Raiatea & Taha’a
15th - 26th August 2018.
It was a straight shot under motor across the windless calm sea from Huahine to Raiatea’s Iriiru Pass. As we entered the pass the local outrigger boys were waiting in the wings and started paddling their sleek racing outriggers towards our stern. We knew the drill. We’ve played it many times. These fellas like to push themselves to their limit paddling in our wake for as long as they can keep up. Sometimes we have one paddler but being a cat we often have two, one for each transom. It’s sort of unofficial training for competitions and we see it happening everywhere. They get a very good workout and if they look like they are doing it easy we ease the throttles forward just a smidge. Even so, they still follow until they drop their oar on their lap and can go no more.
In the fading afternoon light we headed straight for Vairami Bay and dropped the hook in 32 feet of thick mud. Then the heavens opened and down came the rain, by morning the mud flowing down from the hills was starting to infiltrate the dark waters of the bay. It was like a giant brown blob threatening to engulf everything in its path, including us, so we changed locations and moved out to the clear waters of the reef for the night.
Next day it was time to play tourist so off we went to Faaroa Bay to explore the Aoppomau River, the only navigable river on the island.
It’s not a long river but in places it gets quite shallow necessitating our dinghy motor to be lifted. The river wends its way towards the hills through thick overgrown jungle with low hanging tree branches just waiting to give you a good kick in the head if you’re not on the ball. While below, the waterline tree roots and submerged logs demand careful navigation. We travelled as far as we dared before the vines and trees impeded our path.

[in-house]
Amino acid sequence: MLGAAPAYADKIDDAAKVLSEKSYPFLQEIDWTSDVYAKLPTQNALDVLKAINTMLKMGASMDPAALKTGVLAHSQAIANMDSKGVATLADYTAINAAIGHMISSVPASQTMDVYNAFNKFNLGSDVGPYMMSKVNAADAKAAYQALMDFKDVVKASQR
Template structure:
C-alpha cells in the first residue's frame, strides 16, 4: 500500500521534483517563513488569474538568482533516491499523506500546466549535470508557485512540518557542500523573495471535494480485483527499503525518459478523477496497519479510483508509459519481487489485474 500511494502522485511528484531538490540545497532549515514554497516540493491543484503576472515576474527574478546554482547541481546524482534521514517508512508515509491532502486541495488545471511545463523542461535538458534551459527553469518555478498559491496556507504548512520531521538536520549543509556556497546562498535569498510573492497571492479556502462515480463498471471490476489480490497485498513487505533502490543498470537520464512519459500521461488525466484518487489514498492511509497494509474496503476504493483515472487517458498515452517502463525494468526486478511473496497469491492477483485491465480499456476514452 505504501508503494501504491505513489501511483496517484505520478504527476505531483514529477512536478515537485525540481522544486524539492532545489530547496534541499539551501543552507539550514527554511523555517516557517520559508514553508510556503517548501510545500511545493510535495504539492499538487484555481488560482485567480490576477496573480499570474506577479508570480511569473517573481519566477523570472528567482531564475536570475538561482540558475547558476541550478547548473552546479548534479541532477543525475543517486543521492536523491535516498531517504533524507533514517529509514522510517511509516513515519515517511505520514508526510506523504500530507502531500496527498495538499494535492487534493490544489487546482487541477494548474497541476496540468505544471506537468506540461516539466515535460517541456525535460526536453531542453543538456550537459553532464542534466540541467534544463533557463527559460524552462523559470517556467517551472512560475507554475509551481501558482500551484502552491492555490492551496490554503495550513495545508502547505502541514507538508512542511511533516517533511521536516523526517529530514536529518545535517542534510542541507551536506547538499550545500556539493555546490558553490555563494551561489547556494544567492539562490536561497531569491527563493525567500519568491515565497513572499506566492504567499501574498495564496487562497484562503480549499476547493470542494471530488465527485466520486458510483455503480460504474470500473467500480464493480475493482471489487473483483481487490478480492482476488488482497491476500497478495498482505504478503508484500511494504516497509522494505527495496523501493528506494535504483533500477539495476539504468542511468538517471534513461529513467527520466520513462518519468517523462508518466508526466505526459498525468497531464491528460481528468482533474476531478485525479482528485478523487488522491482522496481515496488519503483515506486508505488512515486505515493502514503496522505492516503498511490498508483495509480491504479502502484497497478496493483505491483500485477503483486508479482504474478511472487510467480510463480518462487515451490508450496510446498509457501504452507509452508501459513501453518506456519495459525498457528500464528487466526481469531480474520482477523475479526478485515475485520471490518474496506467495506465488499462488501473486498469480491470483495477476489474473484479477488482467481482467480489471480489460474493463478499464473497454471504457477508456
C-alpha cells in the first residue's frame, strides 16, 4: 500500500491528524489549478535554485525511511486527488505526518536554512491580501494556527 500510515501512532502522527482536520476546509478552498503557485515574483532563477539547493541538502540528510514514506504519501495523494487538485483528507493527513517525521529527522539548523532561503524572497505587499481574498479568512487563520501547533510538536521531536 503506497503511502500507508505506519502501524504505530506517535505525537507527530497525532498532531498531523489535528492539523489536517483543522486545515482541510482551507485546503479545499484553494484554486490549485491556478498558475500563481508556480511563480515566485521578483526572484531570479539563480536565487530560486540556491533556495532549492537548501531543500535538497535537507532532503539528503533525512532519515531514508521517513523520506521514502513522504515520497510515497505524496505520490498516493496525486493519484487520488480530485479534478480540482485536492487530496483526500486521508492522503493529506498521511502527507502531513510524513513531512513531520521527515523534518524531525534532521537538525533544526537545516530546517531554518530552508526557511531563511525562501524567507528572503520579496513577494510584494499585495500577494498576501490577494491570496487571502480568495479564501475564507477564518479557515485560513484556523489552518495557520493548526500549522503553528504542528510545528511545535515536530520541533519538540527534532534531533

On the way back we stopped at a veggie farm we’d heard about from other cruisers. Andre the owner greeted us on the river’s edge and secured our dinghy line. He was more than happy and very proud to show us around.
He had quite a variety of crops growing, There were all the usual suspects, bananas, coconuts, mango and papaya, but he also grew beans, potatoes lychees and a long coffee been type fruit the name of which escapes me. Andre piled us high with fruit and veg and we left with a bagful for only 1000cfp which is roughly $10. Pretty good value we thought.
Next up on the must see list was Marae Taputapuatea, now unless you are Polynesian that’s a heck of a mouthful to pronounce. A marae is the religious, cultural and governing centre of a village, and this marae would have to be up there in the top two restored sites we’ve seen since arriving in French Polynesia. Also known as the “Heart of the Polynesian Triangle”, it dates back to the 17th centaury and is dedicated to Oro, the god of war who dominated the Polynesian religious beliefs throughout the 18th century.
Any marae constructed on the other islands had to include stones from this site as a symbol of allegiance and spiritual lineage.Taputapuatea was the centre of spiritual power in the Polynesian world and its influence spread far and wide to include the Australs, the Cook Islands and New Zealand.
With our brains spinning from the overload of cultural info it was time to head to the tiny motu of Nao Nao, a pretty little spot on the south east corner of Raiatea. We spent three lovely peaceful days anchored here on the sand flats. There were plenty of small reefs to explore just a short swim away from the back of GWTW. The water was lovely and clear and the fish life, although mainly the small guys, were as are always fun to watch..